The Big Cyber Threats Breakdown: Types of Cyber Attacks
Last year, I published a series breaking down various cyber threats: how they work, infamous case studies and how to defend yourself against them. In this post, I have compiled the entire list amounting to nine types of cyber-attacks. I’ve added some high-level statistics reported from 2016 as well as more recent case studies exhibiting these attacks at play.
I hope you find this list informative and that it will help you, not only to understand the risks, but to have a better holistic understanding of cyber security and what cyber security experts are defending you against. I’ve also included relevant courses which address these specific types o attacks. Read, learn and enjoy!
Phishing Attacks are the primary vector for malware attacks and are usually comprised of a malicious e-mail attachment or an e-mail with an embedded, malicious link. Phishing e-mails, typically, falsely claim to be an established or legitimate enterprise.
Phishing e-mails are often easy to detect, if you know what you’re looking for. They often have a slew of grammatical and spelling errors and tend to ask for personal or credit information. On top of that, it’s usually from a source which doesn’t typically require this information, already has the information or typically doesn’t direct the user towards external links via email.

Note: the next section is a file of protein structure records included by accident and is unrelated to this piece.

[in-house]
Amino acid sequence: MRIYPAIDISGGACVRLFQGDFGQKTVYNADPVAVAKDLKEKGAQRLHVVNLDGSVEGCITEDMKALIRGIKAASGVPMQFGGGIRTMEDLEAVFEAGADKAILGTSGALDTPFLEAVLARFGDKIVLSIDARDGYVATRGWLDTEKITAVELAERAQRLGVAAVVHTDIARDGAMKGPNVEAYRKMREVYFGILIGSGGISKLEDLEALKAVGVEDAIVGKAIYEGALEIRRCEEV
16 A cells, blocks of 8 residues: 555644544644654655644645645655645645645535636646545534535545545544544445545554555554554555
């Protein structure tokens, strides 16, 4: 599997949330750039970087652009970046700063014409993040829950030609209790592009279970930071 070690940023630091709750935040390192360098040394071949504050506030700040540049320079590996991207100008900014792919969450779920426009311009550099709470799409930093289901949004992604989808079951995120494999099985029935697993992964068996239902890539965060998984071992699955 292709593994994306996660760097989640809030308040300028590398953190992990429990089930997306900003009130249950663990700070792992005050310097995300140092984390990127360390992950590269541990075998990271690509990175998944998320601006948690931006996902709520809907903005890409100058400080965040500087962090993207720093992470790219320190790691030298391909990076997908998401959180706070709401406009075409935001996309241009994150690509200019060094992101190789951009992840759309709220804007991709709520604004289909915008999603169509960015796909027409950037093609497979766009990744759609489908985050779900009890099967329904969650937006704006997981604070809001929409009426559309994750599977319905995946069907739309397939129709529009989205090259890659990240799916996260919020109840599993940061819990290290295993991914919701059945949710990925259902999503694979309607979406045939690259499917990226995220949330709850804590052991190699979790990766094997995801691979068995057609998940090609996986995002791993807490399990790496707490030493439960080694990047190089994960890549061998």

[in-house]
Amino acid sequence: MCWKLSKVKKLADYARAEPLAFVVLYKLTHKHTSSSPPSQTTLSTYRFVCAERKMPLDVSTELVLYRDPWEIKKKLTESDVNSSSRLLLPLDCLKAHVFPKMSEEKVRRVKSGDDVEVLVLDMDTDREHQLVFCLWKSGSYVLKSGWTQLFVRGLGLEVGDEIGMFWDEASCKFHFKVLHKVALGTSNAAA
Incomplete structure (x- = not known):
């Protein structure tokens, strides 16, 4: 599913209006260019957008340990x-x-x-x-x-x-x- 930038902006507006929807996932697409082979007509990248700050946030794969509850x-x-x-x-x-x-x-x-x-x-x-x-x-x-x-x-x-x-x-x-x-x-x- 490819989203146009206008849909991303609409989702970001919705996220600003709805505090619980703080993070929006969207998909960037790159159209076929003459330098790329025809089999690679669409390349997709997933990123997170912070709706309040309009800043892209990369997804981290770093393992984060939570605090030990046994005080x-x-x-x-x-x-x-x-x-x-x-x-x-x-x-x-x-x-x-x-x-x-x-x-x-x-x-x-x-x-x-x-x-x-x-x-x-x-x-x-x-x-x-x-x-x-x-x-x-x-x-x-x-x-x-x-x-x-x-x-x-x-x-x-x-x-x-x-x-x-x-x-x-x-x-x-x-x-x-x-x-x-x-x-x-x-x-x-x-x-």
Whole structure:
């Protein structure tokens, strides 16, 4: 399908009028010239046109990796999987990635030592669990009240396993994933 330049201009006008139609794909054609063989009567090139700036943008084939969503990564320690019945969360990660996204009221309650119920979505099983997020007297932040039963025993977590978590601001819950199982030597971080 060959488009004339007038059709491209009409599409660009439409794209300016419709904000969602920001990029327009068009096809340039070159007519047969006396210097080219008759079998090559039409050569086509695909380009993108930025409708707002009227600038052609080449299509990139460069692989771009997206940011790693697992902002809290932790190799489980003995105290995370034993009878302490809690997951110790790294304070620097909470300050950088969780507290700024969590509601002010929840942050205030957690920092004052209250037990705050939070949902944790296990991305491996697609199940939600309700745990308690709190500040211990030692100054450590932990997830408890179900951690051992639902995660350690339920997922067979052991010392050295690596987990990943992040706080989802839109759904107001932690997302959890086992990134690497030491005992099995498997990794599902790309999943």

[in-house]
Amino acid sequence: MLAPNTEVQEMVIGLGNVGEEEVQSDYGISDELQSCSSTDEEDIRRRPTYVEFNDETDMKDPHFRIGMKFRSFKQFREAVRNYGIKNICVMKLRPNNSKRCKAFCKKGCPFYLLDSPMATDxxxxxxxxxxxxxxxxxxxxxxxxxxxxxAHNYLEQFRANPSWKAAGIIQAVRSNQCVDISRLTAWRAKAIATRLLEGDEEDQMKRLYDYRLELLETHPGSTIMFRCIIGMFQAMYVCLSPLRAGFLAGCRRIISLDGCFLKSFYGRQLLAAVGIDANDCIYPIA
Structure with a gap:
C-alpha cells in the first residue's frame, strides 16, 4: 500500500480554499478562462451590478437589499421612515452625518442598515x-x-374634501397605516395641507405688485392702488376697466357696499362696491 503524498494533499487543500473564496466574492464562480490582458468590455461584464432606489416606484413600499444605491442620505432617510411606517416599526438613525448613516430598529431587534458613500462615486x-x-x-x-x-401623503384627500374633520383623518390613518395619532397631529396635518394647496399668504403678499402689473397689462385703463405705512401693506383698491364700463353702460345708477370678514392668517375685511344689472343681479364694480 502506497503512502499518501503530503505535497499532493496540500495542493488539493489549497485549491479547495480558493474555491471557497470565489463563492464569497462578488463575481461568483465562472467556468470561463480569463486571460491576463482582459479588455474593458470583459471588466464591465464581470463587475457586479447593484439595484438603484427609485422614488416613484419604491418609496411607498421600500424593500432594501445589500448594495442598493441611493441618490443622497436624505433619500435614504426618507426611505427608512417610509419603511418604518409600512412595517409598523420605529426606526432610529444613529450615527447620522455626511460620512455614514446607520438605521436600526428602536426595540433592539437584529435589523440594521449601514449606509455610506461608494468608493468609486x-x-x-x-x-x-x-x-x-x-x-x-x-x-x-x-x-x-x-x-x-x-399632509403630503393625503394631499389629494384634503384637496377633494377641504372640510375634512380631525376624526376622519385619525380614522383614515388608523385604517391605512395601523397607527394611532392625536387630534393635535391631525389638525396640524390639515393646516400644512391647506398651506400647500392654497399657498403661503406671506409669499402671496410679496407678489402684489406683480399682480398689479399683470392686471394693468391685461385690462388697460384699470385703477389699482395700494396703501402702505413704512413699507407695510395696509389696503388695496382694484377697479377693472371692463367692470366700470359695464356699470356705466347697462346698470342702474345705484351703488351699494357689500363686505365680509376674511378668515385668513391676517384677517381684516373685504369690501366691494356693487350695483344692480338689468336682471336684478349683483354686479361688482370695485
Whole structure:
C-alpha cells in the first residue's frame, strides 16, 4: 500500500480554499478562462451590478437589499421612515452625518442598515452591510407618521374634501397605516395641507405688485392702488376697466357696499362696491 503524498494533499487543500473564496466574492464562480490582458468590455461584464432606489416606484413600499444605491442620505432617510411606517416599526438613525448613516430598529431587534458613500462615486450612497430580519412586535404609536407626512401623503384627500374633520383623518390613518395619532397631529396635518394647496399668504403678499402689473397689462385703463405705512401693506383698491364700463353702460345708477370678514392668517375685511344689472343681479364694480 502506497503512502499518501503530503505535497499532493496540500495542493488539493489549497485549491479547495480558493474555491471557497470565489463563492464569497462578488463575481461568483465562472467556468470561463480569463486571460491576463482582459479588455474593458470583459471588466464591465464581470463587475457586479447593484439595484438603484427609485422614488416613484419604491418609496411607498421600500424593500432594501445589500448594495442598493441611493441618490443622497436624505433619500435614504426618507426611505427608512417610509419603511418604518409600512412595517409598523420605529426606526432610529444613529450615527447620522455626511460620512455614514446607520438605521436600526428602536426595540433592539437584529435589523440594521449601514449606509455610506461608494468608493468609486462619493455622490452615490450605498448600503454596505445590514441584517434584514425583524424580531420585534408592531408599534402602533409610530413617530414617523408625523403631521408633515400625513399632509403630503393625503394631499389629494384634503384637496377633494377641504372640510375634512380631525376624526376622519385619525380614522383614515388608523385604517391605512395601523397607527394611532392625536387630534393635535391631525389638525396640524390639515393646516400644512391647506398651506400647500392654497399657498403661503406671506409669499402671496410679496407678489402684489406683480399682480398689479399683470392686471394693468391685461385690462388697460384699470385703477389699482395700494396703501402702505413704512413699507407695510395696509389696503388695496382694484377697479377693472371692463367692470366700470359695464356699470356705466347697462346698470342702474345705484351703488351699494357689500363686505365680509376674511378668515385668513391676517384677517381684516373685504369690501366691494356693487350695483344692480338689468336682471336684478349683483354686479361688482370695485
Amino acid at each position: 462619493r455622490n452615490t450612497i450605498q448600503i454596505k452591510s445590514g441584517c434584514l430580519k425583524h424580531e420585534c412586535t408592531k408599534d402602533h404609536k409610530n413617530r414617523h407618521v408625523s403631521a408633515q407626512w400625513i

Recent Case: PHISHING NATO
- The APWG [Anti-Phishing Working Group] reported the number of phishing websites jumped 250% between Oct. 2015 and March 2016.
- The InfoSec Institute acknowledges 7 kinds of phishing attacks:
- Phishing Websites
- Social Media Attacks
- Fraudulent Tax Returns
- Phishy Phone Calls
- Charity Phishing
- CEO Phishing
- Per Verizon, 30% of phishing messages get opened by targeted users and 12 percent of those users click on the malicious attachment or link
How to defend:
- Awareness Training
- Remove Admin rights for those who don’t absolutely need it
- Patch the operating system and application
- Invest in solutions such as
- Web protection
- Email protection
- Managed online backup
- Mobile device management
- Password Manager